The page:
• The layout of your home, including shut off point locations, like gas and electric mains.
  • Who lives in the property and whether some members of the household will need assistance getting out e.g. babies or young children, elderly people or those with a disability etc.
  • If there are pets in the home.
  • Various escape options and routes depending on where in the home the fire is.
  • Where it is safe for everyone to meet up once outside the home.

How to make a home fire escape plan

It’s important to have at least two escape plan options, just in case one route out of your property is blocked. We recommend drawing up an escape plan that shows all the rooms in your home and where the doors and windows are. This escape plan should show:

  • Two different escape routes out of the home, usually this might be a front door and a back door, or may include a large window as one option.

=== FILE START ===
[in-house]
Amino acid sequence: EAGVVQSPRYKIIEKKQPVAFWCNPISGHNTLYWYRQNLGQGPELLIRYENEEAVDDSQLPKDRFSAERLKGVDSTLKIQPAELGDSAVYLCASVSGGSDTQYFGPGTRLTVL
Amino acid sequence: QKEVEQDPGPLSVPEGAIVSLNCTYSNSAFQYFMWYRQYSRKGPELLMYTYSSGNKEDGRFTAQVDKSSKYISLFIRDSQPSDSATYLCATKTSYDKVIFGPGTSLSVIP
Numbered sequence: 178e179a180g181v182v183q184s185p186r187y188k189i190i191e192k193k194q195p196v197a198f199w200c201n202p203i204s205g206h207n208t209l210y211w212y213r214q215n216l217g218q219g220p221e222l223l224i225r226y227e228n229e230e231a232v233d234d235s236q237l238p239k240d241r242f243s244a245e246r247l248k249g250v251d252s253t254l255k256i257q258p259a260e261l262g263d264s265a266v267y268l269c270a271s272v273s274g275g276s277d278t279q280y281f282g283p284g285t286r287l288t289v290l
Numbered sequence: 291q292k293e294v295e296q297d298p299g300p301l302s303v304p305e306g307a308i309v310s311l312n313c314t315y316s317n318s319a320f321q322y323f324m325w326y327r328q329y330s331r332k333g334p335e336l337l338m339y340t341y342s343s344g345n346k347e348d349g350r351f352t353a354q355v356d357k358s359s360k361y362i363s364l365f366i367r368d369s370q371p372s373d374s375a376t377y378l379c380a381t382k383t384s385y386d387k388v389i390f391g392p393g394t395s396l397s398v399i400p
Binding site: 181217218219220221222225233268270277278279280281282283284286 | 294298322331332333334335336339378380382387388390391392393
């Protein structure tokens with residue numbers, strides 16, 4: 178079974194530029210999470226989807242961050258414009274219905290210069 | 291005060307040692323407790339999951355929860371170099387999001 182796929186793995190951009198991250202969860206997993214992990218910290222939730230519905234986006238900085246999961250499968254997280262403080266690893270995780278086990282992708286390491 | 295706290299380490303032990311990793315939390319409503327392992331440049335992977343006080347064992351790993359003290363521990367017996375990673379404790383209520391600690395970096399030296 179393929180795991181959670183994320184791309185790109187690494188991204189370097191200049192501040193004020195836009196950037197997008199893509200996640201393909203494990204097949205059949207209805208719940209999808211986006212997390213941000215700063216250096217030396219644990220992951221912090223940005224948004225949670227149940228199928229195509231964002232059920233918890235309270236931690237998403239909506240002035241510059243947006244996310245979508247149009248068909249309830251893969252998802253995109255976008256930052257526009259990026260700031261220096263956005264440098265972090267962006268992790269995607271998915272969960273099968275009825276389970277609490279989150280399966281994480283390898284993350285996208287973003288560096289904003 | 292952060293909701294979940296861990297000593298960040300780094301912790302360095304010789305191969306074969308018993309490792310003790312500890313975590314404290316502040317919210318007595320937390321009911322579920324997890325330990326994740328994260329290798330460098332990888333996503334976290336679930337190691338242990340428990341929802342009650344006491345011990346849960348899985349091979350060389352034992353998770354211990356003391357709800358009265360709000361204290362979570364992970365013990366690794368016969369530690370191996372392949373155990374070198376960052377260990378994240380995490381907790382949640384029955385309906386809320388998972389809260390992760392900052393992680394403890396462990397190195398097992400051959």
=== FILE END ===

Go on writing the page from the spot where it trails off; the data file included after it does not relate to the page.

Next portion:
• Where any keys to the doors and windows are always kept.
  • Where you should meet up, once outside.
  • What to do if you can’t get out of the property (more on this later).
Evacuation Plan On Clipboard

Other considerations for an emergency fire action plan

It’s important to consider things that might help or hinder you when trying to get out of the home if there is a fire. These could include:

  • Ensure that fire alarms should be tested regularly to ensure that at the first sign of a potential fire, you are alerted and have more time to either deal with the fire or escape.
  • Making sure that both of your exit routes are kept clear from clutter at all times.
  • Having a torch handy in several rooms of the home.